Love is kind, ergo, God should act to prevent evil in kindness.
Love always protects, ergo, God should protect people from evil actions.
[EDIT NOTE: The NIV "always protects" is not the best translation. It should read "always endures all things" instead. However, given that no one would be considered "good" if they did nothing to prevent an evil act or bad act which was in their power to prevent, protect is a relevant definition for love.]
A typical Christian objection to this is that such an act of protection or preservation by God would impede on free will; that somehow absolutely free freewill is necessary to result in the purest love. However, this again is based on assumption. Our free will is impeded from the moment of birth by nature of this physical existence. For example, I desire to see the spiritual world, and I desire to fly like Superman, and I desire to teleport because air travel is just too slow. However, I can't choose to do any of those options, as they are simply not available to me. They are restricted from my freewill. Even beyond these super-powers, my freewill is restricted by circumstances. If I was a thief, and my desire was to have everything I ever could want, I could not achieve that because being just one person with a limited lifespan limits the fulfillment of my freewill. So our perception of what freewill is inherently accepts that our “natural” boundaries are the assumed acceptable limits of freewill.
That said, is it possible for God to allow people to have freewill but not allow evil? I think so. Have you ever seen an invisible fence? An invisible fence is a product is designed to keep your dog in your yard. You equip the dog with a special collar which, by radio frequency, activates an unpleasant shock to the dog when it tries to go beyond an established barrier (set by a buried wire). The only thing which activates the collar is crossing that threshold. In other words, the dog is completely free to roam on its own will, dig up the flower beds, chase squirrels, “water” the trees, etc. As long as the dog does all that in the yard, it receives no shock.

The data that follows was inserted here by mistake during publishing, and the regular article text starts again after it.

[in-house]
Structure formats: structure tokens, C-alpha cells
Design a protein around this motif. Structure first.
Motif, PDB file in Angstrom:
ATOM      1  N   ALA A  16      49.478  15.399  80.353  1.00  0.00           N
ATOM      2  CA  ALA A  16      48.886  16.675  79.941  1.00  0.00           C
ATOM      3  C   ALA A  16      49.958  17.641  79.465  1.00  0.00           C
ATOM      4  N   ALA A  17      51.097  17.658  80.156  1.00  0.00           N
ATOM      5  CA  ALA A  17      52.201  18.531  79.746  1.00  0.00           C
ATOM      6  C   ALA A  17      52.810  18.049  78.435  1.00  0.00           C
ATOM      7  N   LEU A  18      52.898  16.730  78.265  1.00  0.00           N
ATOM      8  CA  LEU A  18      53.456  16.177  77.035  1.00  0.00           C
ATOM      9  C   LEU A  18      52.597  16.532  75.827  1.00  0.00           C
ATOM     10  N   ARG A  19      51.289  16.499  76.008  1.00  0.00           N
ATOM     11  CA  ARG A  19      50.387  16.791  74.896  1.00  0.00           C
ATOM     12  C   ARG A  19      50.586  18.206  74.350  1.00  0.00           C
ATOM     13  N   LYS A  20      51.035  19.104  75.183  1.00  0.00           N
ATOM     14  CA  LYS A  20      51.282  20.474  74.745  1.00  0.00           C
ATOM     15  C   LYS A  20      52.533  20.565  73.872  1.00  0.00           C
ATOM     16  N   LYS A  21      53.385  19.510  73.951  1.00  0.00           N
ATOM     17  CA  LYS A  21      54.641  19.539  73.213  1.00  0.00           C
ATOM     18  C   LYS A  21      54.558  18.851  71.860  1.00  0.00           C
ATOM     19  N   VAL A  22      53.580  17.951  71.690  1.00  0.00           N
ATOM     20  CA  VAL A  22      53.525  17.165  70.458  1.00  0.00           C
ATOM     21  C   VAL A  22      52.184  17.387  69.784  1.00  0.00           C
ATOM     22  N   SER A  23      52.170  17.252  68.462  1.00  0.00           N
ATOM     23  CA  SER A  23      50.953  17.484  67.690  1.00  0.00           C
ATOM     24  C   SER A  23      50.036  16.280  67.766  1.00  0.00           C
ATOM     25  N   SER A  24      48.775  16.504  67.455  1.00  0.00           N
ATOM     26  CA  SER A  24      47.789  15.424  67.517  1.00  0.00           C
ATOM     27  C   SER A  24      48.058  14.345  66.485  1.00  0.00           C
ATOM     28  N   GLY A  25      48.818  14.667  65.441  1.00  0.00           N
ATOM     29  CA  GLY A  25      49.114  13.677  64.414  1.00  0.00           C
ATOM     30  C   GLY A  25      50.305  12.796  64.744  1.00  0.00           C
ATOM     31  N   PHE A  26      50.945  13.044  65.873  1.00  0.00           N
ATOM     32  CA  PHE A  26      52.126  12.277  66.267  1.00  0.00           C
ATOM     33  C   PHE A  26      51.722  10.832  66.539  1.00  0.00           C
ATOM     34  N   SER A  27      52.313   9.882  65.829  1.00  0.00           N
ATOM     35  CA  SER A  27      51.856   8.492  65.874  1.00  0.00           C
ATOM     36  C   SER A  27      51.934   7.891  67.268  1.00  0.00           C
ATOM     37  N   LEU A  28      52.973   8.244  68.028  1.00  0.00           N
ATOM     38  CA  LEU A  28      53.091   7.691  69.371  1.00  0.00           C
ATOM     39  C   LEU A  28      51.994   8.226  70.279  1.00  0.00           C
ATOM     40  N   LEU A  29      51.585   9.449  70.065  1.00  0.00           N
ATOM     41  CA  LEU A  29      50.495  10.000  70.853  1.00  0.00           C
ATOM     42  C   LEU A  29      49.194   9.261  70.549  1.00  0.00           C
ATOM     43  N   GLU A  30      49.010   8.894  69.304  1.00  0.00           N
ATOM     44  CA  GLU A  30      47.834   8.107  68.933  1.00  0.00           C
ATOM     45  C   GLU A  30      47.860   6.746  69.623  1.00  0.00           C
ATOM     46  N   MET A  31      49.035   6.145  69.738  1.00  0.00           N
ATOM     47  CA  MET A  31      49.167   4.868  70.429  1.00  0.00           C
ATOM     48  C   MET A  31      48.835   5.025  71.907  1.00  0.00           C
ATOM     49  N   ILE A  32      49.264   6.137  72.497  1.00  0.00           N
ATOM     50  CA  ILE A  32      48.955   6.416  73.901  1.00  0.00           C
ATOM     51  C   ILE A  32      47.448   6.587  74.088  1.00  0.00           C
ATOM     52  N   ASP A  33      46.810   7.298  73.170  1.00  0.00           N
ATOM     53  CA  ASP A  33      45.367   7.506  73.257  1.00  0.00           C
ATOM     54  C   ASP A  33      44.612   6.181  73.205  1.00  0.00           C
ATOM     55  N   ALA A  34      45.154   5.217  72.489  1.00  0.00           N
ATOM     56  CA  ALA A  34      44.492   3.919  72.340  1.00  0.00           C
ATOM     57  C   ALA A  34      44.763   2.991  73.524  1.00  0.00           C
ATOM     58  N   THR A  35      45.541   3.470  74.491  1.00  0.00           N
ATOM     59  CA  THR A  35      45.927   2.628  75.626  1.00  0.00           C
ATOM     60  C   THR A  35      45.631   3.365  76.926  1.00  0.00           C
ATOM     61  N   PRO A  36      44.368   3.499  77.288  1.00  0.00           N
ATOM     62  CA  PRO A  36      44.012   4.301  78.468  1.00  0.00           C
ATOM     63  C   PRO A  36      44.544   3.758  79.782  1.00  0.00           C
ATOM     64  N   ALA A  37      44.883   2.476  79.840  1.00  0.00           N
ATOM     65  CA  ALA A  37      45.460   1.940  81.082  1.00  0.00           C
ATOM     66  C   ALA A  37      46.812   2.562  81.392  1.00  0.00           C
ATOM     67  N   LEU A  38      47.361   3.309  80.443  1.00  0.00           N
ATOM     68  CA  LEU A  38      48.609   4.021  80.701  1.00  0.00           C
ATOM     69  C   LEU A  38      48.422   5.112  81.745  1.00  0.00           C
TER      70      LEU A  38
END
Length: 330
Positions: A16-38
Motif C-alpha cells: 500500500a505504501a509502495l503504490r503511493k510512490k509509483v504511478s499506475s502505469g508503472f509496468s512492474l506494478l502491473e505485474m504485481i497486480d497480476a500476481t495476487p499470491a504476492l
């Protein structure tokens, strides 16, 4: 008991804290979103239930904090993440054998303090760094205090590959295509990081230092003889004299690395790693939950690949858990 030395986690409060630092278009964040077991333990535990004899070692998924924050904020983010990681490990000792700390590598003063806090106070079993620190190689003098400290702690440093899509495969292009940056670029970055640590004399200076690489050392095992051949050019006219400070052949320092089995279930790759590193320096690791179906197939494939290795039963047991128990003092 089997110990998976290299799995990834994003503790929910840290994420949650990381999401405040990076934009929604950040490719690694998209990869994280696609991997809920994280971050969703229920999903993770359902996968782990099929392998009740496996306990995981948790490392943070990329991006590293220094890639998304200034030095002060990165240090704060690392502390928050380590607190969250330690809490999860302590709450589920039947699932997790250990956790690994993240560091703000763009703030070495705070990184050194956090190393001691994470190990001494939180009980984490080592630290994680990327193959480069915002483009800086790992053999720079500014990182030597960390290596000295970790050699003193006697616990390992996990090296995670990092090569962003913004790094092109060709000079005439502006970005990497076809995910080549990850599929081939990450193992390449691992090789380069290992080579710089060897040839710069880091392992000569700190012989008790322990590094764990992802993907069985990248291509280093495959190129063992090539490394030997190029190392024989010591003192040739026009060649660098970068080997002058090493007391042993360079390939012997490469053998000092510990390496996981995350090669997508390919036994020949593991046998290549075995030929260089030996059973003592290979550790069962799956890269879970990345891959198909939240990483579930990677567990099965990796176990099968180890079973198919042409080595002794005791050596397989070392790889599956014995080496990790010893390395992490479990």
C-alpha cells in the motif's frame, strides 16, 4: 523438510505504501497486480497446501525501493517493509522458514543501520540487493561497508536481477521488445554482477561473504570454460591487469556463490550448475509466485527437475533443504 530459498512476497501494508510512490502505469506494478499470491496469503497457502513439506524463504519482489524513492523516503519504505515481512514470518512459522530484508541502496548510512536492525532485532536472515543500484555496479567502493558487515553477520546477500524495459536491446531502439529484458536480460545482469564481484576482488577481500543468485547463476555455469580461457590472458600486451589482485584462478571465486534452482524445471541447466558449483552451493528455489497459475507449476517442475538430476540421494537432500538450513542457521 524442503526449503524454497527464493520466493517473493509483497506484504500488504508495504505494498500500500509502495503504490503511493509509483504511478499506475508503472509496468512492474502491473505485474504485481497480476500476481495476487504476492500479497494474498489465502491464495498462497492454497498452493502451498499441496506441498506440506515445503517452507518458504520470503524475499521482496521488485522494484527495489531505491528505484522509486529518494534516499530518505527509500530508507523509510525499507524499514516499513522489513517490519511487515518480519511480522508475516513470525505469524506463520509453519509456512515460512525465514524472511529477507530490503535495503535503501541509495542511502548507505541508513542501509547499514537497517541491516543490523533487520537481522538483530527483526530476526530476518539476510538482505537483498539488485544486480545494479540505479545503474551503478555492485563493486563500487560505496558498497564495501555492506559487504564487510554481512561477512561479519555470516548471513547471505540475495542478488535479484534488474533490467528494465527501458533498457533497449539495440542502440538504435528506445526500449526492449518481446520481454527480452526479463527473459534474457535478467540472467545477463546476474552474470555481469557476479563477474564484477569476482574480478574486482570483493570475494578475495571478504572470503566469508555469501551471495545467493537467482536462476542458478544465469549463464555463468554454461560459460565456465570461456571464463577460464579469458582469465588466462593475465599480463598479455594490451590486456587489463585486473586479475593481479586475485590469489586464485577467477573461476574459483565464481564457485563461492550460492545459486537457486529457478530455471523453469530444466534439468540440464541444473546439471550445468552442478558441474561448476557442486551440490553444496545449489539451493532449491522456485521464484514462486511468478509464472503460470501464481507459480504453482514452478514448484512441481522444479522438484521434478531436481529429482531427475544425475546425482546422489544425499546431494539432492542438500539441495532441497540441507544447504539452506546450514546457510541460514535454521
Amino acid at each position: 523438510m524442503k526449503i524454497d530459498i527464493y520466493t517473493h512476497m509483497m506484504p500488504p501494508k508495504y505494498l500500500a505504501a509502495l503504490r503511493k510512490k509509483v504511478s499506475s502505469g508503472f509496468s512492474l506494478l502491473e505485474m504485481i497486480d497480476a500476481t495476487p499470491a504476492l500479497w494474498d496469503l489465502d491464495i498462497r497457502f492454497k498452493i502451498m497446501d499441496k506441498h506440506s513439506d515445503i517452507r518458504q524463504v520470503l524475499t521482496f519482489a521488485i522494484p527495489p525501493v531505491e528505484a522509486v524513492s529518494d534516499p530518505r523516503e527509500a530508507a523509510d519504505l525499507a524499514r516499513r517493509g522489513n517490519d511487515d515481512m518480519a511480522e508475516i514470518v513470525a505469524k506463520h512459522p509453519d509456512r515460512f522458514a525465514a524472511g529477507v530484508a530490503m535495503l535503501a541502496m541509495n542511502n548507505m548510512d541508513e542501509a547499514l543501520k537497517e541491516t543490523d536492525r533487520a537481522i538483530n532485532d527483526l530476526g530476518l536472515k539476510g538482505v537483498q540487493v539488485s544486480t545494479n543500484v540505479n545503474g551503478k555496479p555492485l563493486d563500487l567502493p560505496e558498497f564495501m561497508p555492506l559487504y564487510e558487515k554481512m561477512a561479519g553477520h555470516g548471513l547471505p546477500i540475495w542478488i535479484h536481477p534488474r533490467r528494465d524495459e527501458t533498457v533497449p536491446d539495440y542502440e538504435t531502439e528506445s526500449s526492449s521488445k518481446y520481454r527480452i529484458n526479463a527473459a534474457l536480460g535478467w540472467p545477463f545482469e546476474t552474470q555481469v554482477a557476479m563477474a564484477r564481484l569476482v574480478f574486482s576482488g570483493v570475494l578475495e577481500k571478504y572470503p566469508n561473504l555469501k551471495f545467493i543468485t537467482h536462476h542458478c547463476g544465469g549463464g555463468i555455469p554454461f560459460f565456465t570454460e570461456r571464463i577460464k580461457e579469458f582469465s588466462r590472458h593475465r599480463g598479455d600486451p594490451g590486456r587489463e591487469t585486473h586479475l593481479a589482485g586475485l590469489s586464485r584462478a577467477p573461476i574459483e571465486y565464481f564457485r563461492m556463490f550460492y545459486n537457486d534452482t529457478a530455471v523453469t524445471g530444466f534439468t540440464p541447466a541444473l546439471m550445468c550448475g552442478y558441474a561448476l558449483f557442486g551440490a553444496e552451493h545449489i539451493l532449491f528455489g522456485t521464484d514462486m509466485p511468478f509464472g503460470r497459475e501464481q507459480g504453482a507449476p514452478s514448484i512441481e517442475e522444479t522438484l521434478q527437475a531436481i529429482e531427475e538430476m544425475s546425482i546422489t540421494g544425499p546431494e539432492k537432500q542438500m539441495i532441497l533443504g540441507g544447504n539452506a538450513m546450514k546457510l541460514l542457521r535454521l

What if God equipped us all with a type of invisible fence to prevent evil? We could still do (nearly) anything we wanted to do on our own freewill. However, let's say that I had become angry at my neighbor because he had parked in my grass, and I decided I wanted to kill him because of that. The moment I grabbed my gun with the intent to slay him, God's invisible fence kicks in and I start to vomit. (God could easily do this if He is truly omniscient and omnipotent.) The nausea subsides, I grab the gun with the intent to kill my neighbor again, and immediately I start vomiting again. After a few cycles of this, I give up on the gun and decide to strangle him. As I start to walk over to his house with this intent, I start to vomit. Sooner or later I am going to learn that I physically can't kill my neighbor. The same process could be instituted on any evil to nip it in the bud. If instituted universally and consistently, these limitations would then seem as natural as not being able to fly like Superman or to teleport.
Can an omnibenevolent God allow *any* sort of Hell--a place where those who refuse to accept him as Lord will dwell for eternity?
The concept of an eternal Hell only seems to be relevant assuming Christian eschatology is accurate. For if there is no ultimate end point to the world as we know it, and no rebirth into Heaven (or into a sinless physical world, depending on your belief), which will last from then to eternity in perfection, then there would be no need for a Hell to cast the rejects into it for all eternity. Yet even in that assumed construct, the concept itself goes against several tenants of love:
Love is patient, ergo, God should be patient with us, given our limited timeline, limited knowledge, and limited comprehension. On an infinite timely, anyone would be expected to arrive at the truth, but truncating that timeline and making the judgement binding forever means that God has limited patience.
Love is kind, ergo, God should allow conversions at any time, because to lock someone to a fate decided by their own imperfections is not kind at all.
Love keeps no records of wrongs, ergo, God would have no justification for making an eternal judgement of that nature. (It also means that Jesus didn't need to die for our sins! But that's another story...)
Love does not delight in evil, but rejoices in the truth, ergo, God should be simply happy when any human chooses Him.
Love always trusts, ergo, God should trust that people will come to believe in and accept Him given an infinite timeline.
Love always hopes, ergo, God should perpetually hope that people will come to believe in and accept Him given an infinite timeline.
Love always perseveres, ergo, God should endure those who reject Him even up to the time of their conversion.
On a long enough timeline, love does conquer all, and truth prevails. :-)